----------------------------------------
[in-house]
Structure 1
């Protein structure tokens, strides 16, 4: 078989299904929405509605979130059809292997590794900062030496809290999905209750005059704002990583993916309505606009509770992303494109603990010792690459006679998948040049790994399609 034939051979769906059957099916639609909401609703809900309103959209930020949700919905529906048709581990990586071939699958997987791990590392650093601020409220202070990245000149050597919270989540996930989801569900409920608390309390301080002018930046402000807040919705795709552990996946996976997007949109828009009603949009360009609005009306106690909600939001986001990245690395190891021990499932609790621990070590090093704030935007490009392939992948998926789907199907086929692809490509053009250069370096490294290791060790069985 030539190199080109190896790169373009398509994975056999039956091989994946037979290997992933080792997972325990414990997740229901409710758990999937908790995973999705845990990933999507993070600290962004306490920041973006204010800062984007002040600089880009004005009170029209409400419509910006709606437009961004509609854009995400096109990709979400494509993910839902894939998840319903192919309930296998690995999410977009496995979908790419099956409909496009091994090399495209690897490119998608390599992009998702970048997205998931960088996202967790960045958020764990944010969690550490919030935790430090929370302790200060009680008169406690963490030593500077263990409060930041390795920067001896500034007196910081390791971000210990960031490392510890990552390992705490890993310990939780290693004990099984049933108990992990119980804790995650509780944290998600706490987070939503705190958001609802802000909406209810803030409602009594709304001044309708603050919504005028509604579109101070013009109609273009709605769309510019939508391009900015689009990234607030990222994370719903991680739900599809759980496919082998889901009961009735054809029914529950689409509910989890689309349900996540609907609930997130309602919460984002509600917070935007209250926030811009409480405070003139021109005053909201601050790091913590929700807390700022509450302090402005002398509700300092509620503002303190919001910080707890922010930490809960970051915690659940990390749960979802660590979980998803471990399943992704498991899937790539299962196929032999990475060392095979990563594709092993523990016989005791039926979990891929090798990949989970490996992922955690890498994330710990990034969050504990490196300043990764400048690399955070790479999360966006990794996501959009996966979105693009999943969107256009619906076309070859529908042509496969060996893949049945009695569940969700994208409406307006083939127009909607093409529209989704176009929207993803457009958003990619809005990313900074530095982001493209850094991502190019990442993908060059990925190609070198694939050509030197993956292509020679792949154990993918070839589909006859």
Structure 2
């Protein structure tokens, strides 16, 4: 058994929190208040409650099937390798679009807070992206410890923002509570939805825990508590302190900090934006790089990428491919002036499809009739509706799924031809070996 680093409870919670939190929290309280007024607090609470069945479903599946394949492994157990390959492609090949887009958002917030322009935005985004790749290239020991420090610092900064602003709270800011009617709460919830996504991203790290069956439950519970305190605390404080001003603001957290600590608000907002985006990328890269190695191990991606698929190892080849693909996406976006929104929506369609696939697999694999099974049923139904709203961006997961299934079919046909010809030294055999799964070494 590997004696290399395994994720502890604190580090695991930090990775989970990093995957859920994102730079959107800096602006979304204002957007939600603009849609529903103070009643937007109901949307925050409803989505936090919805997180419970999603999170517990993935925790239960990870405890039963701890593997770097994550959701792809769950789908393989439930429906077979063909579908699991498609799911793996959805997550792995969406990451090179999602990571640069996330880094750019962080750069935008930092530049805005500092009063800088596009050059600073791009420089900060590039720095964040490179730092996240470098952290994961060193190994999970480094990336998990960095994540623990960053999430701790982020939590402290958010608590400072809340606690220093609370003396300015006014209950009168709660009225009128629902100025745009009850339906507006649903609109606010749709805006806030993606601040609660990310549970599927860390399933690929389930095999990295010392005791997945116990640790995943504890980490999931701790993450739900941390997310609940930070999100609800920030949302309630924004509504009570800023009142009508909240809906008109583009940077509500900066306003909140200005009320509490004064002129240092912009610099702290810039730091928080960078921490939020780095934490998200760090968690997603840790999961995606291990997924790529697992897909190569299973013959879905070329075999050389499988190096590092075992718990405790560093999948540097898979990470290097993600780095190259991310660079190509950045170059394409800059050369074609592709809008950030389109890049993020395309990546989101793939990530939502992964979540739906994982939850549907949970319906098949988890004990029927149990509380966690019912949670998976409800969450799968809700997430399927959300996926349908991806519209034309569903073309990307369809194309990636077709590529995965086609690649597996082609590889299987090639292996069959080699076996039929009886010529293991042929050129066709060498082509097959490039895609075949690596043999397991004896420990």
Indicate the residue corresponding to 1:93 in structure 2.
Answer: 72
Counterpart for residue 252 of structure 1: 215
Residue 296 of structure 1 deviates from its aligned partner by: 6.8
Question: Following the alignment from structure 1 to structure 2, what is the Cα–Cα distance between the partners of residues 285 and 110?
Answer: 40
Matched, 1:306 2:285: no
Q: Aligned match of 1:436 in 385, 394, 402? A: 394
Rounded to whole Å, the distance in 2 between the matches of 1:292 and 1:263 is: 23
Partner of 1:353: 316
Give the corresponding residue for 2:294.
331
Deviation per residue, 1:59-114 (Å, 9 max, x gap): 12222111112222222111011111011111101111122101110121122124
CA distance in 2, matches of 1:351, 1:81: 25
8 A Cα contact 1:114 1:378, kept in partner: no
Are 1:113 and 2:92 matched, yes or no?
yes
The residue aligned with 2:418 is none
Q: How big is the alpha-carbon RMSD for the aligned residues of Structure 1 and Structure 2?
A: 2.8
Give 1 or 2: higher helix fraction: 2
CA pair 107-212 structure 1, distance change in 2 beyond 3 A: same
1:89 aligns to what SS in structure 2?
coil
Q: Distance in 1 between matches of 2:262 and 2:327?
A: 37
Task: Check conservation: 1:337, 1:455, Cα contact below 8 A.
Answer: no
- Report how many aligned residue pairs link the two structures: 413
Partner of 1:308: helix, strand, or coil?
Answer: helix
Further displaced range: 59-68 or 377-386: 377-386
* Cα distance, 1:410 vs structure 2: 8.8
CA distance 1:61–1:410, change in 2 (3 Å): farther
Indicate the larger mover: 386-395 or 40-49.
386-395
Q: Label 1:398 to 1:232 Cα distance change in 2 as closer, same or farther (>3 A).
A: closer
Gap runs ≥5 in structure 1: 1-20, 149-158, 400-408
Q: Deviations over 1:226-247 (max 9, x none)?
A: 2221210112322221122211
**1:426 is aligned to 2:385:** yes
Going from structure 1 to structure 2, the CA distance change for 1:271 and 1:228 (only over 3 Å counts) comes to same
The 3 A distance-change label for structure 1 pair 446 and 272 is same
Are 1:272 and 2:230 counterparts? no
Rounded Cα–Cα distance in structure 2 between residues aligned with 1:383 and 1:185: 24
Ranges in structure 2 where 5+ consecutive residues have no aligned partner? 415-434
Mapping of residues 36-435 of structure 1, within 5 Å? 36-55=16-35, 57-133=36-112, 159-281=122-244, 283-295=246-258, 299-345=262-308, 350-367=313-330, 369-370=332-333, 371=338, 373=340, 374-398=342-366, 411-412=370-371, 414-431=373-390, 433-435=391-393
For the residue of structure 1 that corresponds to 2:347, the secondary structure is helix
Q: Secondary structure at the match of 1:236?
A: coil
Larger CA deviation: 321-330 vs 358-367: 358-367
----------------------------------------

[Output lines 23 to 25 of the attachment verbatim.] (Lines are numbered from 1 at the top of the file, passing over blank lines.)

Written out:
The residue aligned with 2:418 is none
Q: How big is the alpha-carbon RMSD for the aligned residues of Structure 1 and Structure 2?
A: 2.8